As others have said, it's a design issue and a tradeoff between performance and expense. In solar, where I work, it's largely a tradeoff between energy lost to voltage drop over the life of the system (typically 20 years) vs. the expense of wire up front. In my company we have Vd targets we use in our designs, and sometimes customers or AHJs will tell us the losses they can tolerate, but there are no hard and fast rules.

But to answer your question, in our Vd calcs on the AC side we use the maximum rated output current of the inverter(s), which is 80% or less than the rating of the interconnecting OCPD.
 
Last edited:

ron

Senior Member
The voltage drop calculation is generally done based on the calculated load for the feeder / circuit. That will tell you the intended current on the breaker, whether it is 80% or 100% of the breaker handle rating.

You will find that almost every adopted energy code has a voltage drop requirement.

For example an ASHRAE interpretation for the 90.1 version of the Energy Code (although this is an older version), shows that where and how to do the calc is not always clear and needs interpretation.
 

Jraef

Moderator
Staff member
Location
San Francisco Bay Area, CA, USA
Occupation
Electrical Engineer
It's kind of apples and oranges though in my opinion. The so called "80% rule" in breakers has to do with continuous current, defined as 3 hours or more. Voltage Drop has no time frame associated with it. So for example if you have a high inertia machine that pulls high current for 30-60 seconds, the 80% issue of the breaker size is irrelevant because that higher current is temporary. But that high current can still cause voltage drop problems that should be considered in the conductor sizing.
 

Grady_G

Member
Location
Tampa FL
It's kind of apples and oranges though in my opinion. The so called "80% rule" in breakers has to do with continuous current, defined as 3 hours or more. Voltage Drop has no time frame associated with it. So for example if you have a high inertia machine that pulls high current for 30-60 seconds, the 80% issue of the breaker size is irrelevant because that higher current is temporary. But that high current can still cause voltage drop problems that should be considered in the conductor sizing.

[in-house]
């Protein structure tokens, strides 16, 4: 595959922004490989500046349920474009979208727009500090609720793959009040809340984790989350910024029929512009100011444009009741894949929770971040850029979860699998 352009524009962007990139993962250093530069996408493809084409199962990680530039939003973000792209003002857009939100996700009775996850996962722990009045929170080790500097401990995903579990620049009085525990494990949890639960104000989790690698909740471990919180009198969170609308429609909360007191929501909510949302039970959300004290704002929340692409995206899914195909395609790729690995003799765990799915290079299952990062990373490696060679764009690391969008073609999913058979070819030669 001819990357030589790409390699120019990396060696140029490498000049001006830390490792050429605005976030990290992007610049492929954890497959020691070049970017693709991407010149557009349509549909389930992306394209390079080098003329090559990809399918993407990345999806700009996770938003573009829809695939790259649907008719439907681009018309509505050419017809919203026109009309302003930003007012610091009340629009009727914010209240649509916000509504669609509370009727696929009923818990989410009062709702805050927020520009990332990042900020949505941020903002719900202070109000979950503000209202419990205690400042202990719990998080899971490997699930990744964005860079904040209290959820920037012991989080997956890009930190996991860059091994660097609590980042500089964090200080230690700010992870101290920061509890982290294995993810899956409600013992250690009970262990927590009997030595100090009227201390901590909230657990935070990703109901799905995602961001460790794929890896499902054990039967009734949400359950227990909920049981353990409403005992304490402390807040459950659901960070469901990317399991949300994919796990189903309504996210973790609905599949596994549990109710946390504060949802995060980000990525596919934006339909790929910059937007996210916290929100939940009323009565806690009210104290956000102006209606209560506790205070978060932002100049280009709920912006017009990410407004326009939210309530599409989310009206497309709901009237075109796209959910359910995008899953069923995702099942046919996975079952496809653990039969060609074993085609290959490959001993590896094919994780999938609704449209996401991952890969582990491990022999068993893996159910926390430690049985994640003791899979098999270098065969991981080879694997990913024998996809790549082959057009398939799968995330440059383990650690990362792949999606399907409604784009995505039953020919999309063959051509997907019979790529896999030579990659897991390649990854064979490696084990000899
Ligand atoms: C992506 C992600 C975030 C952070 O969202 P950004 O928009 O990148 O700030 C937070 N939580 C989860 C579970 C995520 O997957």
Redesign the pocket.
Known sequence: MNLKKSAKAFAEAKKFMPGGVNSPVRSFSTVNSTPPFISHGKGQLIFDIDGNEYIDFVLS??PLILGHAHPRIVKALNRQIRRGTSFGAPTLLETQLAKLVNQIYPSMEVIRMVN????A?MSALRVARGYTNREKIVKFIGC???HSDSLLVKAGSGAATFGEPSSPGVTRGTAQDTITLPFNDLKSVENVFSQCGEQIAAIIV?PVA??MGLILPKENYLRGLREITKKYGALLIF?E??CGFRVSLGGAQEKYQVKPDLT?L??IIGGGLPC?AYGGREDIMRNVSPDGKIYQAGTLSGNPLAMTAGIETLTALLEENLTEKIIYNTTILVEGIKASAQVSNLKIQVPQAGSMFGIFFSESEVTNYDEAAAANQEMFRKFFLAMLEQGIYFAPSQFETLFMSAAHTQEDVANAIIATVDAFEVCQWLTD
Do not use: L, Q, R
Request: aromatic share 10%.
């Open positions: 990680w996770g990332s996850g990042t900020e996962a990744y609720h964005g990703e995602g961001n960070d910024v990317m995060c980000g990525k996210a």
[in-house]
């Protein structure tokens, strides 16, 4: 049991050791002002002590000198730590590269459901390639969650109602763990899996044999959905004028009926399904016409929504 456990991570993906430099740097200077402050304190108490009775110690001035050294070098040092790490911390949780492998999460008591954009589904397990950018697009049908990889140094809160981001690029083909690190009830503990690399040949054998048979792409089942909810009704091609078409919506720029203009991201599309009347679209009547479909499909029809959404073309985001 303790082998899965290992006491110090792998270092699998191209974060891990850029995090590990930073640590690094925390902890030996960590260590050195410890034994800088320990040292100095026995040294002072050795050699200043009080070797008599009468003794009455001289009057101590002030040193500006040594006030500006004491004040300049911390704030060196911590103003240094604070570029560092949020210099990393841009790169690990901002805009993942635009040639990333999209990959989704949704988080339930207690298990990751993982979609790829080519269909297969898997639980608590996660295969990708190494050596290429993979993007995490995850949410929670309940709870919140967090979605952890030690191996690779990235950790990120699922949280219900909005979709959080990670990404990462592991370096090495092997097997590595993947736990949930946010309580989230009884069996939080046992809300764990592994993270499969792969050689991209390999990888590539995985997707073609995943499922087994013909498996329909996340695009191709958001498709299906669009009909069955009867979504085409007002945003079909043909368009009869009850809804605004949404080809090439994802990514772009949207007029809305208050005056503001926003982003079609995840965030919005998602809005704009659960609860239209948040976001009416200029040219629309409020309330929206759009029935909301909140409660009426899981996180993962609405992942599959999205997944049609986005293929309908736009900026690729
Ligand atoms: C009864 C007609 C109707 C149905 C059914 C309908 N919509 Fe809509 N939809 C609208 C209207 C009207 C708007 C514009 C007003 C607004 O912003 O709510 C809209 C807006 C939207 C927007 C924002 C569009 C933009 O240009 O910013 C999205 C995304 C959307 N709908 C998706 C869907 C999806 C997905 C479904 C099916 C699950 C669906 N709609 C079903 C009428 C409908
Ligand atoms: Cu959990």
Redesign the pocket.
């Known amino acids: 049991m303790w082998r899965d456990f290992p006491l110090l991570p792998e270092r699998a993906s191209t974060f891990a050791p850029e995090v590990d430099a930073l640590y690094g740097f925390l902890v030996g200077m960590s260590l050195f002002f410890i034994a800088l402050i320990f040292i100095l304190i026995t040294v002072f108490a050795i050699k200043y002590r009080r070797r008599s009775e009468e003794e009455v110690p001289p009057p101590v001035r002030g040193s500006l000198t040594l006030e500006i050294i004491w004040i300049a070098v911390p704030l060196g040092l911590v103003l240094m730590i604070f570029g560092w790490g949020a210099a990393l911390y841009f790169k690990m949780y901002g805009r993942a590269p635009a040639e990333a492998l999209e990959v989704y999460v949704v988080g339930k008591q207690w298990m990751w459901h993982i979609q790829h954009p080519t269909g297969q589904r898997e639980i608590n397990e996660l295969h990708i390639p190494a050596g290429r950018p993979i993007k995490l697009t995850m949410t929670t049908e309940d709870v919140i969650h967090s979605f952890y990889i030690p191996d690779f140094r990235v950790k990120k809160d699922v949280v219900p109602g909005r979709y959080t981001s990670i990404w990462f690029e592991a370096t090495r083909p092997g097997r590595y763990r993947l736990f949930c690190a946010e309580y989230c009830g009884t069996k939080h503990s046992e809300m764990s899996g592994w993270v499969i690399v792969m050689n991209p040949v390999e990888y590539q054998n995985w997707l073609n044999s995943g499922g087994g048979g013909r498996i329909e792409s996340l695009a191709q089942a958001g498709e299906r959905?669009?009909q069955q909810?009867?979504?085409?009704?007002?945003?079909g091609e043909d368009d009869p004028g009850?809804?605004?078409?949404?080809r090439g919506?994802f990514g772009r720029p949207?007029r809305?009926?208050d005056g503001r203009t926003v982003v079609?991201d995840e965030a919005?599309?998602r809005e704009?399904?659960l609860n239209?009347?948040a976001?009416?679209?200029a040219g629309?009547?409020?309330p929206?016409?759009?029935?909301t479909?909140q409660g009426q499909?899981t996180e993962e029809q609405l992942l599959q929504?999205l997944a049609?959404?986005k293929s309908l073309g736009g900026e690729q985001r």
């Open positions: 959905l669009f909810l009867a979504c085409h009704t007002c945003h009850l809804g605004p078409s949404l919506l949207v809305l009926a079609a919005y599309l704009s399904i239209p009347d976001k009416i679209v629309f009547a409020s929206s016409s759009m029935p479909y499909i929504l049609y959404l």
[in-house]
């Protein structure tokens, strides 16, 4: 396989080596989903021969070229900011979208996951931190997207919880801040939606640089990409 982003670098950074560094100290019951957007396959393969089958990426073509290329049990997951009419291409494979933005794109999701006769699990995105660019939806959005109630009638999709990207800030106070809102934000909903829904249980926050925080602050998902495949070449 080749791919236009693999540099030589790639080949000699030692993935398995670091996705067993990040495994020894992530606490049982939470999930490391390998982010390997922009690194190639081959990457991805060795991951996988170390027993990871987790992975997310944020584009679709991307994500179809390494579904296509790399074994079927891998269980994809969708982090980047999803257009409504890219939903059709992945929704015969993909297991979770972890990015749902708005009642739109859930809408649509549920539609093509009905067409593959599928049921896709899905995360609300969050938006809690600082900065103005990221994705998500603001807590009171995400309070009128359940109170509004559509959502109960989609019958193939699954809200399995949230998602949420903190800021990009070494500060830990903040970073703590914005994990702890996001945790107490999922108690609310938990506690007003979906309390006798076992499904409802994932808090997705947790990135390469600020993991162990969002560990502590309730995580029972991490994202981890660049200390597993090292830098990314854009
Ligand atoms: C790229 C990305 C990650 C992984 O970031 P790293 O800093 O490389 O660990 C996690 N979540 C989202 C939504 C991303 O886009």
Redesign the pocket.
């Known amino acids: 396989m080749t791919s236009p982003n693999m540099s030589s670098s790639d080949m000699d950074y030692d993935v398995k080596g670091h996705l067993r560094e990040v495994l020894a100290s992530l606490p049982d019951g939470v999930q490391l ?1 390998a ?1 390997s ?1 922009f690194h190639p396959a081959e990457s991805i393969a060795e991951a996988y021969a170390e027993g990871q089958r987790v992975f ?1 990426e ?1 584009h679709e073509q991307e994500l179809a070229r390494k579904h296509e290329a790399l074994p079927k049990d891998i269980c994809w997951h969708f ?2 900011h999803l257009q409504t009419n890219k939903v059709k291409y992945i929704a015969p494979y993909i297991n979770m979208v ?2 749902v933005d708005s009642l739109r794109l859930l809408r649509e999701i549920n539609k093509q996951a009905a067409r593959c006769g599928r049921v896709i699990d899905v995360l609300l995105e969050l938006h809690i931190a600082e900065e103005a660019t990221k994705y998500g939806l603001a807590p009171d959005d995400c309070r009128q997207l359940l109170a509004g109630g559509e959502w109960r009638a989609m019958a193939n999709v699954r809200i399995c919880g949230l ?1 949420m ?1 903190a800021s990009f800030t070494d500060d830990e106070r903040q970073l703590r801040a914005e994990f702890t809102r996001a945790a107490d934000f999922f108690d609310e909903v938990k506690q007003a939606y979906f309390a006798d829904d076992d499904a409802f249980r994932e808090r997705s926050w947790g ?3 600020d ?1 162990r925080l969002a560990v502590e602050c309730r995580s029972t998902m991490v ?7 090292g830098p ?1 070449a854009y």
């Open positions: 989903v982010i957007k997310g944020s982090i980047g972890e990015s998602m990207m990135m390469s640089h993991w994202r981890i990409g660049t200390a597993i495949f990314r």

I agree that we have all seen breakers feeding motor loads that would surpass the breaker rating if all the motors or any load for that matter were to start at the same time. So there is a chance that the load could exceed the 80% rating at some point even if for a short while. The breaker might not trip due to the trip curve but it would make sense to me to base the voltage drop off of the 100% rating of the breaker to be on the safe side. This would allow for any additional growth from the equipment served.
 

GoldDigger

Moderator
Staff member
Location
Placerville, CA, USA
Occupation
Retired PV System Designer
I agree that we have all seen breakers feeding motor loads that would surpass the breaker rating if all the motors or any load for that matter were to start at the same time. So there is a chance that the load could exceed the 80% rating at some point even if for a short while. The breaker might not trip due to the trip curve but it would make sense to me to base the voltage drop off of the 100% rating of the breaker to be on the safe side. This would allow for any additional growth from the equipment served.
That is only realistic if you have some reason to believe that a transient voltage drop will be in some way harmful.
 

Sahib

Senior Member
Location
India
Grady_G:
Calculate voltage drop based on the actual load currents of individual devices. But when you calculate the size of the main breaker, take into account the demand factors of branch/feeder circuits and apply the 80% factor on the resultant actual current through the main breaker. You may also add an additional growth factor say 20% to the figure thus arrived.
 

iwire

Moderator
Staff member
Location
Massachusetts
So you think its best to base it off of 80% percent breaker rating?
No, I think it is best to base it off the load unless the person paying the bill wants to pay extra now for a possible increase of load later.

There is no right answer, it really should be based do what the customer wants to pay for.
 

kwired

Electron manager
Location
NE Nebraska
No, I think it is best to base it off the load unless the person paying the bill wants to pay extra now for a possible increase of load later.

There is no right answer, it really should be based do what the customer wants to pay for.
Like making the decision to buy the Cadillac instead of the Buick.